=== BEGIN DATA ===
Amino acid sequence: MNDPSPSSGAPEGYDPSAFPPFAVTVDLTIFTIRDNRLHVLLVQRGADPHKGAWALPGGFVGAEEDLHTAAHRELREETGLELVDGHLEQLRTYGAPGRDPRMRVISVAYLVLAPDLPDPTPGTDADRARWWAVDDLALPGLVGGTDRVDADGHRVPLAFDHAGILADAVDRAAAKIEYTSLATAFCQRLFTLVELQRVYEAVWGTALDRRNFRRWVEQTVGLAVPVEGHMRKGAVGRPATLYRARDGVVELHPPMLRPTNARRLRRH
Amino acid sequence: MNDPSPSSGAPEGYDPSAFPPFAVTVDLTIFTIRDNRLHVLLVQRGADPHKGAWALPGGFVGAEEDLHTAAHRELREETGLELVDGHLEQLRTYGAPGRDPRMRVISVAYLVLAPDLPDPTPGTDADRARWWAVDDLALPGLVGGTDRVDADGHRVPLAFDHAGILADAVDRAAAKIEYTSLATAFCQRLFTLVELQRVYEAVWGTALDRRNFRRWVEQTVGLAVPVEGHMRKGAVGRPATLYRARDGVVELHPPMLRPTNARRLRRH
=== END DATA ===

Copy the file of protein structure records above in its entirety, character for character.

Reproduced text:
Amino acid sequence: MNDPSPSSGAPEGYDPSAFPPFAVTVDLTIFTIRDNRLHVLLVQRGADPHKGAWALPGGFVGAEEDLHTAAHRELREETGLELVDGHLEQLRTYGAPGRDPRMRVISVAYLVLAPDLPDPTPGTDADRARWWAVDDLALPGLVGGTDRVDADGHRVPLAFDHAGILADAVDRAAAKIEYTSLATAFCQRLFTLVELQRVYEAVWGTALDRRNFRRWVEQTVGLAVPVEGHMRKGAVGRPATLYRARDGVVELHPPMLRPTNARRLRRH
Amino acid sequence: MNDPSPSSGAPEGYDPSAFPPFAVTVDLTIFTIRDNRLHVLLVQRGADPHKGAWALPGGFVGAEEDLHTAAHRELREETGLELVDGHLEQLRTYGAPGRDPRMRVISVAYLVLAPDLPDPTPGTDADRARWWAVDDLALPGLVGGTDRVDADGHRVPLAFDHAGILADAVDRAAAKIEYTSLATAFCQRLFTLVELQRVYEAVWGTALDRRNFRRWVEQTVGLAVPVEGHMRKGAVGRPATLYRARDGVVELHPPMLRPTNARRLRRH